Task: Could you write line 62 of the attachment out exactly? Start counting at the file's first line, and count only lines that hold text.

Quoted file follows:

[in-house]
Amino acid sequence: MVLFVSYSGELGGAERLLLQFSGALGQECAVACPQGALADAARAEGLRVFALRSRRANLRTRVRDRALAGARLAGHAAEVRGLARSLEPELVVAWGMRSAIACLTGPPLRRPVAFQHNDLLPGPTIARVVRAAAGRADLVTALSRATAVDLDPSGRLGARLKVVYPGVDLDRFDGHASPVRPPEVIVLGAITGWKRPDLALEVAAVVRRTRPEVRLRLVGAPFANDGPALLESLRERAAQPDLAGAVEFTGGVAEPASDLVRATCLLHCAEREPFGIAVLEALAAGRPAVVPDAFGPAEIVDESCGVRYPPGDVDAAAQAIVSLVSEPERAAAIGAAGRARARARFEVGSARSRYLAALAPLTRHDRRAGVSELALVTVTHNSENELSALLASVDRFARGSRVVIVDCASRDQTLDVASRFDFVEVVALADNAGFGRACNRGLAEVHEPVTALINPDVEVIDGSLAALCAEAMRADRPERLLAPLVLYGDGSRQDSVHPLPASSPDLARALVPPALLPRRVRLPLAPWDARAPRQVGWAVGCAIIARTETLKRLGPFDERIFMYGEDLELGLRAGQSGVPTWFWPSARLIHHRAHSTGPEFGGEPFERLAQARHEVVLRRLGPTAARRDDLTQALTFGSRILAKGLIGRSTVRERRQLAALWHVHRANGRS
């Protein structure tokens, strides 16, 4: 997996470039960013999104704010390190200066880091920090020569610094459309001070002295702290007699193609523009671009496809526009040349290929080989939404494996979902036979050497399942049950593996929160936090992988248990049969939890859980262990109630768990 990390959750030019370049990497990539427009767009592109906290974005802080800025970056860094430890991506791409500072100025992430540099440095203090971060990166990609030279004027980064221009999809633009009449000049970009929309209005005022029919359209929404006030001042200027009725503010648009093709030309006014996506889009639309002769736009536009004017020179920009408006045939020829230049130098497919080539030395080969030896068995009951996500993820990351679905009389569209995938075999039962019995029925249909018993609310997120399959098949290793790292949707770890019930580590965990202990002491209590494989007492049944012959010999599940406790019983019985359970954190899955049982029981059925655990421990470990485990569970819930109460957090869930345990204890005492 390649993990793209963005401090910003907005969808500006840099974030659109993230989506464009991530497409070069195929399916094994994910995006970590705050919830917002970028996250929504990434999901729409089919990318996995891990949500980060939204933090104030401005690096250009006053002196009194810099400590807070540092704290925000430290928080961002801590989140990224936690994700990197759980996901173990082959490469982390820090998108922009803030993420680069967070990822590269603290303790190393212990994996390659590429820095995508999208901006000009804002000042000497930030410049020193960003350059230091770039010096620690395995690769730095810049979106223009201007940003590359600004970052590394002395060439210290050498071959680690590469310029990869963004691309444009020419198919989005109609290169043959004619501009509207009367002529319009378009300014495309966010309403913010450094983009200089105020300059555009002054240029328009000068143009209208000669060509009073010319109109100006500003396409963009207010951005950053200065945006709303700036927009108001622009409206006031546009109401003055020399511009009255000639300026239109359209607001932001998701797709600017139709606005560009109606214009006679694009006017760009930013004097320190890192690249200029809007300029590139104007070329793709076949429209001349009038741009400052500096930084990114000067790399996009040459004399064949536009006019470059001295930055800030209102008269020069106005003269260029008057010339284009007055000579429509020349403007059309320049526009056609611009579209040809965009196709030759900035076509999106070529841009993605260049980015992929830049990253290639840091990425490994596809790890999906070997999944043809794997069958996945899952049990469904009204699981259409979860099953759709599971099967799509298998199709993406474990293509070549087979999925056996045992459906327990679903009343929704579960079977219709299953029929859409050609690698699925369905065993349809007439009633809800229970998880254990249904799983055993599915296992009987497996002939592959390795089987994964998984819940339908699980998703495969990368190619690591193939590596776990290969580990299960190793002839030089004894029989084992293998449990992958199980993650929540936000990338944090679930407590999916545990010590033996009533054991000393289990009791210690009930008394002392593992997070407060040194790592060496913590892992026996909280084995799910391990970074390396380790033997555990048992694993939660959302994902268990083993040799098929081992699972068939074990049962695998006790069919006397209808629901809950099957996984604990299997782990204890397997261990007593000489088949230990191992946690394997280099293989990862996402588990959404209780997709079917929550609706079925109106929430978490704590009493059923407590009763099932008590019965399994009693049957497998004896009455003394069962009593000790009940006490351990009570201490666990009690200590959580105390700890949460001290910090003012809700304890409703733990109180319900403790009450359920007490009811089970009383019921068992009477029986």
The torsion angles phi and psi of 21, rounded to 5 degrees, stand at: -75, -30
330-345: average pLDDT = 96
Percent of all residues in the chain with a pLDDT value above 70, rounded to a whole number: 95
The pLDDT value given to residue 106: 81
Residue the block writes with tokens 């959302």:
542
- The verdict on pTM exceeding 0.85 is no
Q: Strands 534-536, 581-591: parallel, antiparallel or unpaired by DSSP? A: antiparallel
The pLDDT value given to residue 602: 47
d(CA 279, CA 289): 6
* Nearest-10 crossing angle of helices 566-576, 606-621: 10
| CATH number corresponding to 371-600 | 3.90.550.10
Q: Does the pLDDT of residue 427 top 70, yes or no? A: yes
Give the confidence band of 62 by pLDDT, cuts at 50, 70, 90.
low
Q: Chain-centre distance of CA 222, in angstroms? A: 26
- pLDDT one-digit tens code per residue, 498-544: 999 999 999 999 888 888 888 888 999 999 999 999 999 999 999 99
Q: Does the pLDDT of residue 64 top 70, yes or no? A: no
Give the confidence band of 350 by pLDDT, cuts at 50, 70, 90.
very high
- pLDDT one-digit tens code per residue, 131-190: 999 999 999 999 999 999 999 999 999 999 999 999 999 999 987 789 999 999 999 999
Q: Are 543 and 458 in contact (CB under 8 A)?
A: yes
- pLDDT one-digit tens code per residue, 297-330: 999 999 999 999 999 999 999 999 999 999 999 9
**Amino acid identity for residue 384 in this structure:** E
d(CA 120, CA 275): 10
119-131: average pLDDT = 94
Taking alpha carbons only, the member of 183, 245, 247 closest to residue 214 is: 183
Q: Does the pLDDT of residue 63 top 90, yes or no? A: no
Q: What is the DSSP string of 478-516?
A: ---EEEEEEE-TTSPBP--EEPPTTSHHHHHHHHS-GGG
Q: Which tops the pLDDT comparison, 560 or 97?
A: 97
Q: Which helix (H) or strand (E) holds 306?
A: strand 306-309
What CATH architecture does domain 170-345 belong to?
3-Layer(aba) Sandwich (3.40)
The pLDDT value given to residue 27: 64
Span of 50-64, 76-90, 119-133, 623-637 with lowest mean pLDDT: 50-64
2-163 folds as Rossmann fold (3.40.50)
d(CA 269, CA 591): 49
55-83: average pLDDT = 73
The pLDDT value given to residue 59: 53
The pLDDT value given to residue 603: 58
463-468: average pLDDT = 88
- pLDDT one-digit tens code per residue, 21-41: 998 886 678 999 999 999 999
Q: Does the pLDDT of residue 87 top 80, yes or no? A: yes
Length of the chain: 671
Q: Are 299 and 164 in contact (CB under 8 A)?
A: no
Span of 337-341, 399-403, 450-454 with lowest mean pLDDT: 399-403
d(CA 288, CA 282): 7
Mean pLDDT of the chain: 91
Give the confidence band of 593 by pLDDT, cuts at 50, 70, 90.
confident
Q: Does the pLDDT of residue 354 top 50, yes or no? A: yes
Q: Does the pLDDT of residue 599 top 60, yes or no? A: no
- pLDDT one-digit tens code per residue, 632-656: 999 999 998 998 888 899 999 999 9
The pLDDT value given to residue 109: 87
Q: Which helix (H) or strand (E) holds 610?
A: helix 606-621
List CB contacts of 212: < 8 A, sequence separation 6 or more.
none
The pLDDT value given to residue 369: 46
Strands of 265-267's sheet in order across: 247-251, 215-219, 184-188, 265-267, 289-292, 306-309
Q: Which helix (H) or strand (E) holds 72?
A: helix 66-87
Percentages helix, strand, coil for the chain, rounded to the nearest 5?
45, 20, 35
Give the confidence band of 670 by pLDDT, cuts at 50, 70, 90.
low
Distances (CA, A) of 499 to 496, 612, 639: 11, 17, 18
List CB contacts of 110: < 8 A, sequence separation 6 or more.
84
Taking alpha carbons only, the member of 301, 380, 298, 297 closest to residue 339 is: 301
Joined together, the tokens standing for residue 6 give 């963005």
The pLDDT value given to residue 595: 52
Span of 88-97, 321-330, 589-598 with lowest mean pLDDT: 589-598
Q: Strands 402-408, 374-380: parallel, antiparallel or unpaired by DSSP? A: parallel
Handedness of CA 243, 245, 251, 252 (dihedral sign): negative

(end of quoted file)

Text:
The pLDDT value given to residue 109: 87